|Any of these salutations can be used in email going to multiple recipients. In addition, Greetings can act as a salutation in an automatic reply you might set up when you are going to be out of the office.|
|In a working world populated by both women and men, these salutations are out of date in almost all cases. Theoretically they could still be used with relative safety in a context where every recipient was male, but even in those cases, the formulations would be likely to come across as old-fashioned.|
|Dear Colleagues:||This salutation is both respectful and friendly. It can be used to address the people in your department or division, assuming that you have a good working relationship with them and that the members of the group are of similar professional status or junior to you. Do not, however, use this salutation with a group containing people senior to you.|
Jane and Tim,
Dear Jane and Tim:
Good morning, Jane and Tim.
|If you are addressing two people, you may use their names in combination with various greetings from the table of email salutations for individual recipients. Some common options appear to the left. For emails going to more than two people, it can sound awkward to refer to all of them by name.|
|[None]||Many people don’t like to receive emails without salutations. Nonetheless, if your corporate culture supports it, sending a mass email with no greeting at all can make sense. Such an email is, after all, virtually identical in form to the traditional memo, which does not contain a greeting.|
|Hello,||If you can’t figure out a way to address your recipients directly, whether as Marketing Staff, Colleagues, or something else, the first three salutations in this table (Greetings, Good morning, or Good afternoon) may be preferable to the more casual, less professional-sounding Hello.|
|Unless you have a very casual working environment — and even if you do — these formulations can sometimes be perceived as unprofessional. Proceed with caution.|
|Guys,||Like Dear Sirs and Dear Gentlemen, this salutation may offend female recipients. In addition, it is too casual for most workplace correspondence.|
4.1.2 Email Closings
There are multiple ways to close an email. The first step is to choose your closing word or phrase, if you wish to include one — for example, Thank you, or Sincerely, or Regards. If you know your recipient and are addressing him or her by first name, in most cases you should follow your Thank you or Regards with your first name. If you are writing more formally and are addressing the recipient by last name, it is usually preferable to use your full name.
Below are some common email closings accompanied by comments on their use.
|Sincerely,||This is a polite, professional way to close, but is most appropriate for formal emails, such as initial communications with prospective clients. In emails with people you already know, Sincerely may come across as excessively formal.|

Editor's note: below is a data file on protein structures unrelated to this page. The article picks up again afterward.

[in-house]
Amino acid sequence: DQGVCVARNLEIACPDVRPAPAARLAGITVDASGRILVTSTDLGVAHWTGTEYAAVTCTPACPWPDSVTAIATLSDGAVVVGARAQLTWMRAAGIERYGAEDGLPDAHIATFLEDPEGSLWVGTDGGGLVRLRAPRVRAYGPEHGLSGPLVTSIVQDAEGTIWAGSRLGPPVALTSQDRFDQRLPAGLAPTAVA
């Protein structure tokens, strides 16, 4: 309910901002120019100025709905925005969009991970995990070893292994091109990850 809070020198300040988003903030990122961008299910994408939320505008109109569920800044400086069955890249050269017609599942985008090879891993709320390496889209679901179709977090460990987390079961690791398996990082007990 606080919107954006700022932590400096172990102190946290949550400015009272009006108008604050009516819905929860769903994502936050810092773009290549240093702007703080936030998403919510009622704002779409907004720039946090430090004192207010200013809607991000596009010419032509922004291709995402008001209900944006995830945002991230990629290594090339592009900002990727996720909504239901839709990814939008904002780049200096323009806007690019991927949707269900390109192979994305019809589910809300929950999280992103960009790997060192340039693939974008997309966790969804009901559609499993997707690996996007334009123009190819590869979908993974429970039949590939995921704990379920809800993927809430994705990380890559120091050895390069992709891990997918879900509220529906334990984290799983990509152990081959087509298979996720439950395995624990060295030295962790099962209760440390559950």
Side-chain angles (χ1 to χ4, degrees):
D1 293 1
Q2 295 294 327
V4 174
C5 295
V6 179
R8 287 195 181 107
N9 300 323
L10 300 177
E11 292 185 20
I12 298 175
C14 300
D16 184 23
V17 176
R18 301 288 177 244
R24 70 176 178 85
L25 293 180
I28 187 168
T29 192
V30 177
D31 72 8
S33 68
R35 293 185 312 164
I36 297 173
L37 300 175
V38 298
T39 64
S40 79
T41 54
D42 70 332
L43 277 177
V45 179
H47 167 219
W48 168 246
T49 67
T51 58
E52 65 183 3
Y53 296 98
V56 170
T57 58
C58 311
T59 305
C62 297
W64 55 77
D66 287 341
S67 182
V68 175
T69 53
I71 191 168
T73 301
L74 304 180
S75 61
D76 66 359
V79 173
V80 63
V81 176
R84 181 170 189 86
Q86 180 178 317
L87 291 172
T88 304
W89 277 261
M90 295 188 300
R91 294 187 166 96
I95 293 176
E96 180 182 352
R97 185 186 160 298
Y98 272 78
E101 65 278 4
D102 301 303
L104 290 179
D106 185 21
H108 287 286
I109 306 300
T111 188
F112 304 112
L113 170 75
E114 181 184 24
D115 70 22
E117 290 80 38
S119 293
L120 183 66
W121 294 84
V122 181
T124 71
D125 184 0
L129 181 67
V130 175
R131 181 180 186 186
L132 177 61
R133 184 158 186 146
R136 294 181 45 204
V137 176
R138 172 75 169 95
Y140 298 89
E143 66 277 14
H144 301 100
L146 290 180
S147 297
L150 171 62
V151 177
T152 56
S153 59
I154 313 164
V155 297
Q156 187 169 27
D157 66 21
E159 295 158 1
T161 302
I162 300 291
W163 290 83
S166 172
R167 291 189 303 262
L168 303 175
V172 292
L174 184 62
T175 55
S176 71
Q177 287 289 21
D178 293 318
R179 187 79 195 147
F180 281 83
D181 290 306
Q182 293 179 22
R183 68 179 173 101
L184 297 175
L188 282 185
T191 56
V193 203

|Regards,||This is a safe, acceptable closing term in almost all situations, ranging from fairly casual to quite formal.|
This closing is ideal when you want to show appreciation for something the recipient has done or is going to do for you. If you want to be very appreciative and say Thank you very much, then you can keep that as a separate sentence and perhaps add a different closing. For instance:
Thank you very much.
|Thanks,||Similar to Thank you above, but more casual. Most appropriate if you are writing to co-workers you know well and have a good relationship with, or when you are emailing, say, vendors or people who are somewhat junior to you. If you have reason to be really appreciative, Thank you is generally a better choice.|
|[None]||For quick, casual emails to people with whom you have an established business relationship, closing with just your first name is a common and acceptable practice.|
|Best,||Ending with Best may give the impression that the email writer was simply too busy to bother completing the closing. Best what, after all? It could perhaps be considered the email equivalent of a host’s failing to see a guest all the way to the door at the end of a dinner party.|
4.1.3 Signature Files
A signature file is a block of contact information appearing at the bottom of an email. For example:
111 Main Street
Anytown, NY 10909
Tel: (212) 555-0469
Fax: (212) 555-1472
In your email software, there should be an option enabling you to set up a signature file that will then appear automatically in all of your outgoing messages.
Why is a signature file necessary? For one thing, it helps an email appear polished and professional; it is like stationery for electronic messages. In addition, if recipients of a message don’t know you very well or at all, the absence of a signature file can cause confusion as they try to figure out who you are. Finally, you should generally make it as easy as possible for recipients to find you; by including contact information in your standard communications, you enable them to reach you with minimal effort.
Your email software may well allow you to set up a shorter, alternative signature file for internal communications with employees of your firm. Suppose, for example, that Marcia Jackson from the previous signature file is emailing someone in her company’s accounting department. An appropriate signature file for internal use could be:
Tel: (212) 555-0469
Fax: (212) 555-1472
Of course, not every email should have a signature file. Sometimes you may not want people to have your contact information. For example, if you are sending a message asking someone to stop sending you unsolicited email, delete the contact information from your signature file so that you won’t give the person even more information than he or she already has!
In addition, if you are having an ongoing email dialogue with someone, it is often better — after your initial exchange — to omit the signature file in subsequent messages that accumulate within the same email chain. That way your contact information won’t show up repeatedly within the growing pile of messages.